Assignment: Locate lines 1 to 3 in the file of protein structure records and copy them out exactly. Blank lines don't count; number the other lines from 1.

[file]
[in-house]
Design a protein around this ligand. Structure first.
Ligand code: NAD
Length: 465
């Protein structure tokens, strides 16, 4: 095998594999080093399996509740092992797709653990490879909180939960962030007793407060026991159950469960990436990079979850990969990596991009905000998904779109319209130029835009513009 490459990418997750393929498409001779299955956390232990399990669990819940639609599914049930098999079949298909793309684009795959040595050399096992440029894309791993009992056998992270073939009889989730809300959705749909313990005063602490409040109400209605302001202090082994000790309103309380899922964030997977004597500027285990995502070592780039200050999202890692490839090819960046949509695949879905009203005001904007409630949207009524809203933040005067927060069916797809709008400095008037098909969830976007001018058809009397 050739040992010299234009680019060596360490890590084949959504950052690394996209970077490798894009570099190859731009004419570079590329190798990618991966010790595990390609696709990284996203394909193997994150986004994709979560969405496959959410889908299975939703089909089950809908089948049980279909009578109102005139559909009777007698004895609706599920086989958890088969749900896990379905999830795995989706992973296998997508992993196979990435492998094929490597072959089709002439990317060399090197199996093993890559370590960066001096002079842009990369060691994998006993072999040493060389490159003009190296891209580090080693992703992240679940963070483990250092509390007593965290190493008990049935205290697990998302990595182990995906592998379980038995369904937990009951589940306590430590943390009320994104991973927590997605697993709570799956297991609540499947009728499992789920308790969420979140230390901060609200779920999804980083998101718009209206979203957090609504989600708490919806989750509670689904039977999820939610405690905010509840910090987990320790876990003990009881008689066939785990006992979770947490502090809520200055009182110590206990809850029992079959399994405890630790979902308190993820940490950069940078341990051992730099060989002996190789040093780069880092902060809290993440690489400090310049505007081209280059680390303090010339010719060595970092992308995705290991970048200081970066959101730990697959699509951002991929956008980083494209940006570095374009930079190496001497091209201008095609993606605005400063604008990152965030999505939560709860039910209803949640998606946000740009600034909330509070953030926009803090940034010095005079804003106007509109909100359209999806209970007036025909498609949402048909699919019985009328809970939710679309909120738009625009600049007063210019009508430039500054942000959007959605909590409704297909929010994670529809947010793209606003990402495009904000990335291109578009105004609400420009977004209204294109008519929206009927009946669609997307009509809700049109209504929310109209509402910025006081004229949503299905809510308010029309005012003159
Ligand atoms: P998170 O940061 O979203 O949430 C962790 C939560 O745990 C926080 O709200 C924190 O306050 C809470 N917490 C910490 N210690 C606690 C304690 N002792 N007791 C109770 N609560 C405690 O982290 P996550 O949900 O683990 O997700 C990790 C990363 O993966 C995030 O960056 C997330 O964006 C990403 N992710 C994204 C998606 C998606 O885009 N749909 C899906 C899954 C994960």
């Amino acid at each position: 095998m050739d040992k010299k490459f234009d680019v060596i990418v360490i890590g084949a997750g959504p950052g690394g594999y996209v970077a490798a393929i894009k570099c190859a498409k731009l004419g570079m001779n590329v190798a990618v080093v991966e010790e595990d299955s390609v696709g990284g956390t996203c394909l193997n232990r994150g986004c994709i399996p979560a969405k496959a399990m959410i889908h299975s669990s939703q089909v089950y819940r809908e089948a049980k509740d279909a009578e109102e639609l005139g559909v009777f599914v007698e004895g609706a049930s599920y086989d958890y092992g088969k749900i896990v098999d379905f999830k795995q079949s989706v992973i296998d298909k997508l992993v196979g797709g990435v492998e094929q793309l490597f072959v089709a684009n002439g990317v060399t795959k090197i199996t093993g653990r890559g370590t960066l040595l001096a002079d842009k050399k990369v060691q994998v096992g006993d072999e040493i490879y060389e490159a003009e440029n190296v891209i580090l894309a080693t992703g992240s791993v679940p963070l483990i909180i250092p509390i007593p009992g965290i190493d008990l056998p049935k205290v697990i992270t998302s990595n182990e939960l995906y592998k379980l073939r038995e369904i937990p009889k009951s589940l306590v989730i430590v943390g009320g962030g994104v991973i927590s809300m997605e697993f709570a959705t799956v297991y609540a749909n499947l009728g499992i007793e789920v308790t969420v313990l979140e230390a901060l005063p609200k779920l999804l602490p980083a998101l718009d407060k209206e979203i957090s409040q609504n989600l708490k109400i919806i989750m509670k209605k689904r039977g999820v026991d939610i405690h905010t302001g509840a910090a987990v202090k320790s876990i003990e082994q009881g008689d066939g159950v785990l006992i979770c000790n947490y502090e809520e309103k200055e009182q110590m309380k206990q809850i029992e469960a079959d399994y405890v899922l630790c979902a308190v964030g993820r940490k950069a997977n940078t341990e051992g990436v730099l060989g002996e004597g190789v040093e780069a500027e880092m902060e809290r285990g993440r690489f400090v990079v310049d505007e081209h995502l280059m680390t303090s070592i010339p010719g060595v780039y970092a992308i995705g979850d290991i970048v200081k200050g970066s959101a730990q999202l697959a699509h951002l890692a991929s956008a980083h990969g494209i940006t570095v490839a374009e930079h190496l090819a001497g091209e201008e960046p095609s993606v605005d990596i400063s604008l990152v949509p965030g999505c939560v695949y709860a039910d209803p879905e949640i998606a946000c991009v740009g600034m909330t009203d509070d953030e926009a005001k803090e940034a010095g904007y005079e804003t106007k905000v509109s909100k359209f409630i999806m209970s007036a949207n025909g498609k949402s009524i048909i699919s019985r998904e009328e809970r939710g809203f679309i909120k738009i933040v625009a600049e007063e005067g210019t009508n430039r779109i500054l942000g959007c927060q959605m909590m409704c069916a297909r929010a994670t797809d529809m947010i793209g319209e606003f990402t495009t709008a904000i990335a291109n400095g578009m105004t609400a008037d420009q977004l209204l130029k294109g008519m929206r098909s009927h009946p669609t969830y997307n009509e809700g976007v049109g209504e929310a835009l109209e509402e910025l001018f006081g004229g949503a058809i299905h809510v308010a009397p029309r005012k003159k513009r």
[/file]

[in-house]
Design a protein around this ligand. Structure first.
Ligand code: NAD